5 Holiday Challenges that Senior Parents and Grandparents Face
The year 2020 is one that many families will be thrilled to see in the rearview mirror. But before we ring in a new and improved year in 2021, there are still the holidays to get through. For many families, the holidays are all about tradition — special meals, silly games, and all the small bits and pieces that knit together to form your memories and family lore. Unfortunately, these happy moments also come with holiday challenges for our senior loved ones. Before the holidays come around, it’s best to discuss these challenges and know how you can help your parents and grandparents make the most of the season.
Scale Back Festivities
Since COVID-19 has forced such drastic changes in how we'll celebrate the holidays this year, it’s a great time to take stock of your old traditions and maybe make some new ones. Have an honest talk with your senior parents and grandparents about the "new normal" and how it's going to look this year — a smaller family gathering, limited shopping, fewer activities. Many seniors find a lot of holiday happenings tiring and welcome a scaled-down season. The upside of a slower pace? More quiet time with your family — start on those family scrapbooks, take a video of your parents telling your kids stories, or try out new recipes for holiday meals.
Any overnight trip becomes more difficult as we age. Coordinate with your parents’ or grandparents’ home health aide to ensure that your loved ones are appropriately packed for the trip, with snacks and water if it's a long one.
Have a checkup. Make sure your parents visit their doctor for a quick checkup before they travel, just to make sure they are healthy enough to travel. Also, check if all their medications are up to date, and refill any prescriptions.
Organize medication and have a dosage log. Those plastic pill keepers are essential when a senior is planning a trip. Having all their medication already sorted lessens any stress they may feel about taking it on time and helps you keep track of their schedules.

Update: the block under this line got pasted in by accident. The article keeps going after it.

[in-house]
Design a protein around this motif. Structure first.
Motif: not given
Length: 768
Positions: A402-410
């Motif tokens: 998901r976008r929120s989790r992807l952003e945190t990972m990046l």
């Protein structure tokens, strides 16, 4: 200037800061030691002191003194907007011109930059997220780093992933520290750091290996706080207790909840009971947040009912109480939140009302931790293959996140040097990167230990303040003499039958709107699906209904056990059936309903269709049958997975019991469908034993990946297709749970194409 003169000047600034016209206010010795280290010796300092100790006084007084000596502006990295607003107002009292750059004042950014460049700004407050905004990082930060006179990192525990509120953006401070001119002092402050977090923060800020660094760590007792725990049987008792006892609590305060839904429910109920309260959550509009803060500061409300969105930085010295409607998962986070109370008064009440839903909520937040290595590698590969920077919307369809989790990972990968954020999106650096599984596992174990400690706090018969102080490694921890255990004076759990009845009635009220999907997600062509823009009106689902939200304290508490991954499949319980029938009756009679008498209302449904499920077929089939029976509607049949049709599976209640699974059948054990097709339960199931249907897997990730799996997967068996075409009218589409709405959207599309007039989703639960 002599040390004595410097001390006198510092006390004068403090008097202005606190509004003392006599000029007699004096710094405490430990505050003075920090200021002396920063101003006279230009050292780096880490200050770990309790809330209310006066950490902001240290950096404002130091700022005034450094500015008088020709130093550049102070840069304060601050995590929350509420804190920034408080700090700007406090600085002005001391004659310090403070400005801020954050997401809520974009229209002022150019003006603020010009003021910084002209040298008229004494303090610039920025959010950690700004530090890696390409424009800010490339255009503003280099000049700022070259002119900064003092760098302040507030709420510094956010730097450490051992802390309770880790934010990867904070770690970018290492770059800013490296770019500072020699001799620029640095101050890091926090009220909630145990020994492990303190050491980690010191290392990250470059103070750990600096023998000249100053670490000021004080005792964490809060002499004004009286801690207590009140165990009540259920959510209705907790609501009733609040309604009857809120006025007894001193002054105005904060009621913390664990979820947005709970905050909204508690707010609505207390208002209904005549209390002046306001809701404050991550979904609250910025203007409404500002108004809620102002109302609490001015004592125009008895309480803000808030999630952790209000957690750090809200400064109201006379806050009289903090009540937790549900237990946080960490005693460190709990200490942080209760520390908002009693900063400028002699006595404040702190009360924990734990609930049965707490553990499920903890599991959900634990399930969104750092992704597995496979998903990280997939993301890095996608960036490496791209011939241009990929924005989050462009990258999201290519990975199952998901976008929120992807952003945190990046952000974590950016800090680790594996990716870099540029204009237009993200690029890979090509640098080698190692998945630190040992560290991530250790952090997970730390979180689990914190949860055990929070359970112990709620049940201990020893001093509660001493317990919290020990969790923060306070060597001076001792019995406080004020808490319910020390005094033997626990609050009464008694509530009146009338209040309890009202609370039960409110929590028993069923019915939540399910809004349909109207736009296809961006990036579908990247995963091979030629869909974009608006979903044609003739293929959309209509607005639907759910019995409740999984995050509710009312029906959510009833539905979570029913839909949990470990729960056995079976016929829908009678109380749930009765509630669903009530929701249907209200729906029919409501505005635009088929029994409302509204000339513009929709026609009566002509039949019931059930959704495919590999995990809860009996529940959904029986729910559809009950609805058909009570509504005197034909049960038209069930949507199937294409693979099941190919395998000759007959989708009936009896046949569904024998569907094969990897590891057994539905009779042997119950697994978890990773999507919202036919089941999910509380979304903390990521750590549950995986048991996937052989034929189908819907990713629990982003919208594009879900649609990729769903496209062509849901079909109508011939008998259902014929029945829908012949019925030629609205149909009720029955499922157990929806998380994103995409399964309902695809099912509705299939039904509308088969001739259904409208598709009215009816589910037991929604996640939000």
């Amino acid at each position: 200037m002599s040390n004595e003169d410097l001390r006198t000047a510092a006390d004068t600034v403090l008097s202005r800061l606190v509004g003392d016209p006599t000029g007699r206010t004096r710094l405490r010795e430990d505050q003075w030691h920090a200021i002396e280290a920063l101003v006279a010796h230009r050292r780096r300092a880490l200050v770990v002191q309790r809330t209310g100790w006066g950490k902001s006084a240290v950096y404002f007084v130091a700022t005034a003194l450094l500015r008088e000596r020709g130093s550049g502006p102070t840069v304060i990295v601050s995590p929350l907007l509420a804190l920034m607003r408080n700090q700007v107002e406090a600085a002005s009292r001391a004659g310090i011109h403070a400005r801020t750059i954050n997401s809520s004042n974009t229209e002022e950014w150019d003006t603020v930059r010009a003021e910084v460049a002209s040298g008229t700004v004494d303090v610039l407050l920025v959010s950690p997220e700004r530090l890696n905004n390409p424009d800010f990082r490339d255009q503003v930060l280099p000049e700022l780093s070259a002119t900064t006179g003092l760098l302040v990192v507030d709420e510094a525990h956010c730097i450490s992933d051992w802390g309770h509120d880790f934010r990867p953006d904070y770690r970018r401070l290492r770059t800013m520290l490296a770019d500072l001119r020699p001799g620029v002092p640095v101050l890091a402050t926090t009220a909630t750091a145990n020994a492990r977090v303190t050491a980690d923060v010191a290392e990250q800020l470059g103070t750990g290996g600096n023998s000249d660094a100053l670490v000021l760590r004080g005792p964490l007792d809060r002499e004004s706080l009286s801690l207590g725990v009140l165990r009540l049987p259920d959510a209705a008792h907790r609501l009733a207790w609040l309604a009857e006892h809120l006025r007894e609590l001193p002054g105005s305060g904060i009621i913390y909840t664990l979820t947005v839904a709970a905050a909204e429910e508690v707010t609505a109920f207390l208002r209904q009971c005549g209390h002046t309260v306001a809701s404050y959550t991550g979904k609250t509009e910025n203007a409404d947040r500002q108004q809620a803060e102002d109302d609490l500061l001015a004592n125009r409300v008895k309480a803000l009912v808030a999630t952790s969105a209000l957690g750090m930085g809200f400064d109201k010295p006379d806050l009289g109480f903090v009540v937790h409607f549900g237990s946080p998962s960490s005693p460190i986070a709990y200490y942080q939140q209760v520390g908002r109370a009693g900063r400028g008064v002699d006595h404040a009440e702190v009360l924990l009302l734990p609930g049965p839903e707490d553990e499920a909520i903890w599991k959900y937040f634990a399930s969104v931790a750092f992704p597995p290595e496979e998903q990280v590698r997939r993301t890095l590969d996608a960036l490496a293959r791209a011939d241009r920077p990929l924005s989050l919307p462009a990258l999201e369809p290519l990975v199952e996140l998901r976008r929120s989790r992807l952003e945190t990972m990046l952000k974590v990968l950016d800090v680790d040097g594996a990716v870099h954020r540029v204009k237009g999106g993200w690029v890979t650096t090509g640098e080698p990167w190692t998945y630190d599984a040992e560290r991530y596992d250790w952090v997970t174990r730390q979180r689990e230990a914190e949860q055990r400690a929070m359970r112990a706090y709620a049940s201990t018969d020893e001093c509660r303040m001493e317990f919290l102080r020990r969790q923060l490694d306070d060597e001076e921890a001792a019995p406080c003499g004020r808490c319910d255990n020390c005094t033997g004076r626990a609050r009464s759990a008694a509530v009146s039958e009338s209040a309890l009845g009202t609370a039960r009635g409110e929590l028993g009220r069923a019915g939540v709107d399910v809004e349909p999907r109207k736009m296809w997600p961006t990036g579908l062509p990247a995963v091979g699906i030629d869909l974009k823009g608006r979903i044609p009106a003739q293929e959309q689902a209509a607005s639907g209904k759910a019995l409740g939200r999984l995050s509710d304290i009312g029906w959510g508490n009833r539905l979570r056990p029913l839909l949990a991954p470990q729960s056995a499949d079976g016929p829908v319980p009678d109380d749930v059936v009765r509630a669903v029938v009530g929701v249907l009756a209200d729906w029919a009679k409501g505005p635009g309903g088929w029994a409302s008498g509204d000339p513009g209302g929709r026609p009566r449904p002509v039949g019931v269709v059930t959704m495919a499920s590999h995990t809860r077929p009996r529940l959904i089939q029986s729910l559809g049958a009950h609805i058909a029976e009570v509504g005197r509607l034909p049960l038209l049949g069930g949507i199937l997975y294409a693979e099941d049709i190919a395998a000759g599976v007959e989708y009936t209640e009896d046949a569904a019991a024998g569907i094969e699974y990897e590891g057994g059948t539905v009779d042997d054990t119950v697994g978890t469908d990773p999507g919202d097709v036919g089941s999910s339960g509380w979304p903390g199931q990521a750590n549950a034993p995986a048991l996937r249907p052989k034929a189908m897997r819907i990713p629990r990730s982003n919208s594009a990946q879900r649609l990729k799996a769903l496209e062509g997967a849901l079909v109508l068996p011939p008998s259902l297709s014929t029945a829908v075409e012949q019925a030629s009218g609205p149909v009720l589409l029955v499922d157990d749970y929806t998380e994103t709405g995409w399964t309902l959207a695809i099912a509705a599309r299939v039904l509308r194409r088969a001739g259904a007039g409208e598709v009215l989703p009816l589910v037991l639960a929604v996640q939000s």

Someone — a family member or caregiver — should pack for your parents or grandparents and have all their medication and other relevant information (dietary restrictions, for example) in a file folder or downloaded onto a shareable app.
Travel is tiring. If you are driving, plan frequent breaks — one every hour and a half or so — to get out of the car and walk a bit.
Here's a secret: your mother is not sad to scale back her holiday decorating and is just tickled with a faux tabletop tree full of her favorite ornaments. Make decorating an event for the entire family! While you tackle getting ornaments and decorations down and displayed, your parents or grandparents can share stories of Christmas when you were just a kid. Even if your senior loved ones have downsized to an apartment or condo, some holiday decorations are a homey touch and a way to create new family traditions. Just make sure the tree or the menorah are flame-retardant should there be an electrical short in the wiring.
Buying and Wrapping Gifts
This might be a good year to take over the shopping responsibilities from your parents. If they are internet-savvy, they can shop online; but if they're not, or if they have memory issues, take over. If you have gifts shipped to their home, ask their home health aide to help with wrapping — arthritis takes away the fine motor skills needed to cut, fold, and wrap.
Managing Mobility and Memory
Make your home as easy to navigate as possible. Install grab bars in the bathrooms, make sure you have a non-slip mat in the tub and shower, and install nightlights in hallways and bathrooms. If you have hardwood stairs, install non-slip gripper tape on the risers.
If your parents or grandparents are dealing with dementia, understand that the holidays may be overwhelming, and they may get upset or confused more easily than normal. Ask their caregivers if your parent has had any setbacks or depression recently so you can be prepared for changes in behavior.
Overcoming Holiday Challenges
Plan for quiet time away from the action when that happens, and don't be upset if your father misses something he used to love. The important thing is that you are working together as a family to have happy holidays for everyone. With enough preparation, you and your senior loved ones can overcome these common holiday challenges.